Find us on Facebook Follow us on Twitter
Red Deer Advocate - Sports
  • letter
  • print
  • follow

Tennis taking off in Red Deer

With all of the talk about the rise of tennis in Canada, Red Deer is holding up it’s end of the bargain.

Twelve-year-old Michael Robinson is a fast riser on the provincial scene and is a prime example of the success of the local club’s junior program.

On Sunday, he found himself in the 4.0 Play Provincial final at the Red Deer Tennis Club where he took 40-year-old Vincent Leong of Edmonton to a third set tie-breaker before losing 6-2, 4-6, 7-6 (7-4).

“It was pretty big for me, some of my matches I had to come from behind in the third set.

This included the final where not only did he have to rebound from a slow start in the opening set, he needed to break Leong just to force the tie break. The trail position, however, is one Robinson relishes.

“I find it easy to come back, because normally when I’m down I play better and it’s hard for the other person to keep the lead,” he said.

Robinson has only been playing the sport for four years, but is already in the Tennis Alberta stream, having accompanied the association this summer in France where he competed and trained with some of the best junior players in Europe. He is also the eighth ranked U-14 boys singles player in the province.

“We were playing on clay, it was different. I personally like it more than hard courts because it was slower and the clay makes it spin faster.” said Robinson. “I learned you have to be more consistent and you have to make the points longer instead of just (going for) the winner.”

His biggest strength is a deadly forehand, which he uses almost exclusively, though he is working hard at improving his two-handed backhand.

Tennis club board member and tournament director Vega Wong has watched Robinson since he joined the club and has been impressed with his improvements under the guidance of club pros Rene Simon and Tyler Begg.

“When I first met Michael he was only eight years old and he was already really good,” said Wong. “He has tons of potential.”

Robinson opened the tournament with a 6-0, 6-0 win over John Dunn followed by a 6-1, 6-4 win over Oliver Lawrence on Friday. On Saturday he beat Christiaan Grundling 6-3, 6-4 in his only match. In Sunday’s semifinal, he got his first big test, needing three sets to beat Mike Simister 6-3, 3-6, 6-4 and then ran into the tournament’s top seed Leong in the afternoon final.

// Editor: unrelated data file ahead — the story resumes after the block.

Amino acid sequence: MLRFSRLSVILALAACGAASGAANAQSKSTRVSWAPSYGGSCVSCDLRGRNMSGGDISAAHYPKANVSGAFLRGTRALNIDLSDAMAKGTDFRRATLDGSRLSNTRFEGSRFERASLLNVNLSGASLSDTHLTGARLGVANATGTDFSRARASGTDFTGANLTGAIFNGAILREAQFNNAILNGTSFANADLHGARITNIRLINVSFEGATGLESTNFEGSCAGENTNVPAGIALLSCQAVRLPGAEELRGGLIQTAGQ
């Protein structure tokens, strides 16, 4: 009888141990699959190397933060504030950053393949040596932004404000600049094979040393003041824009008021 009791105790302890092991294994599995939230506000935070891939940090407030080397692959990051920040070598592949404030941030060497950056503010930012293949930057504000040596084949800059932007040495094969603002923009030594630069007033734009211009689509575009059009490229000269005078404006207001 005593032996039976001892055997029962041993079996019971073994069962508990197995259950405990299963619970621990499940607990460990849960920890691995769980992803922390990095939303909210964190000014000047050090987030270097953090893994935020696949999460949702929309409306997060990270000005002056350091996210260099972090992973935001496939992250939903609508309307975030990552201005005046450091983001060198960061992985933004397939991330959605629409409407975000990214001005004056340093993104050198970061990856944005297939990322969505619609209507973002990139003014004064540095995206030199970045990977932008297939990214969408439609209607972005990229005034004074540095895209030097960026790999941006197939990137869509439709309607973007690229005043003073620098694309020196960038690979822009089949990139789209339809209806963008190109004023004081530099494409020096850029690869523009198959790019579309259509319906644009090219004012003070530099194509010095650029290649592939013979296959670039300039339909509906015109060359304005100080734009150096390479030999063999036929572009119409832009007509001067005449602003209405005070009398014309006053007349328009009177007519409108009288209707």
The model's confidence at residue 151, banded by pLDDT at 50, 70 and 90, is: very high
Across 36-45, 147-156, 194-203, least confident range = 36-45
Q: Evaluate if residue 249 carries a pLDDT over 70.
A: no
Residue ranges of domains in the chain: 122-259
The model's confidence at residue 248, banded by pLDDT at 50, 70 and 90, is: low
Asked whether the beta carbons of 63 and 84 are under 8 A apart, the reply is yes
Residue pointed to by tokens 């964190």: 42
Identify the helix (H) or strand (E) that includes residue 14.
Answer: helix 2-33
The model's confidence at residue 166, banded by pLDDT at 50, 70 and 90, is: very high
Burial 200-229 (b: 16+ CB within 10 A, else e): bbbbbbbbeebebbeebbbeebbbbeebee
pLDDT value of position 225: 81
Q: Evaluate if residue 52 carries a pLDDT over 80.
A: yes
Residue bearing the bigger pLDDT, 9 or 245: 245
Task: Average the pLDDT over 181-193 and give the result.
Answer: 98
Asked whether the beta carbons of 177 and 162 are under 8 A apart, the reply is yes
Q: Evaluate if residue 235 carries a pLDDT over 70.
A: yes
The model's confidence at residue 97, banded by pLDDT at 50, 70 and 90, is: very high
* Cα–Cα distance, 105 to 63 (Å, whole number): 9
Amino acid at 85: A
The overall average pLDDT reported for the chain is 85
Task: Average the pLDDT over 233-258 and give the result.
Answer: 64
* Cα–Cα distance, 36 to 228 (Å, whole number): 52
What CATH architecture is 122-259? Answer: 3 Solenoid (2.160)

The weekend was all about gaining experience as he prepares for next year’s junior provincials.

His success this weekend coincided with the some Canadian history in the sport as Ontario’s Milos Raonic beat his idol Vasek Pospisil out of Vancouver in the first ever all-Canadian final on the ATP tour at the Citi Open in Washington D.C. To see Canadians have this kind of success on tour is huge for the next generation.

“We have kids seeing Canadians play these tournaments and they say to their parents ‘I want to be like Eugenie (Bouchard)’ or ‘I want to be like Milos, I want to get a racket and hit some balls,’” said Wong. “That’s why we have so many kids in our summer program at this moment.”

It was a big weekend for the club as a whole as tournament hosts with picture-perfect weather.

Calvin Patterson beat Jordan Sluchinski 6-2, 6-2 to win the men’s open title; Daniel Henschel and Jeffrey James beat Ivan Quintero and Vuk Radovic 7-5, 6-4 to win the men’s doubles open title; Katie Johnson and Kristina Sanjevic beat Christine Lilley and Karla Lima 6-2, 6-4 for the women’s doubles open title; Tobiasz Strozyk and Sanjevic beat Fandhi Irawan and Talia Jang-Stewart 6-2, 6-3 in the mixed doubles open final.

Next up for the club is the club championships from Aug. 28-31.

“It’s good to see local players do well, because it shows that tennis is growing in Red Deer,” said Wong. “We have a good junior program and a good senior program as well.”



COMMENTING ETIQUETTE: To encourage open exchange of ideas in the Red Deer Advocate community, we ask that you follow our guidelines and respect standards. Personal attacks, offensive language and unsubstantiated allegations are not allowed. More on etiquette...



follow us on twitter

Featured partners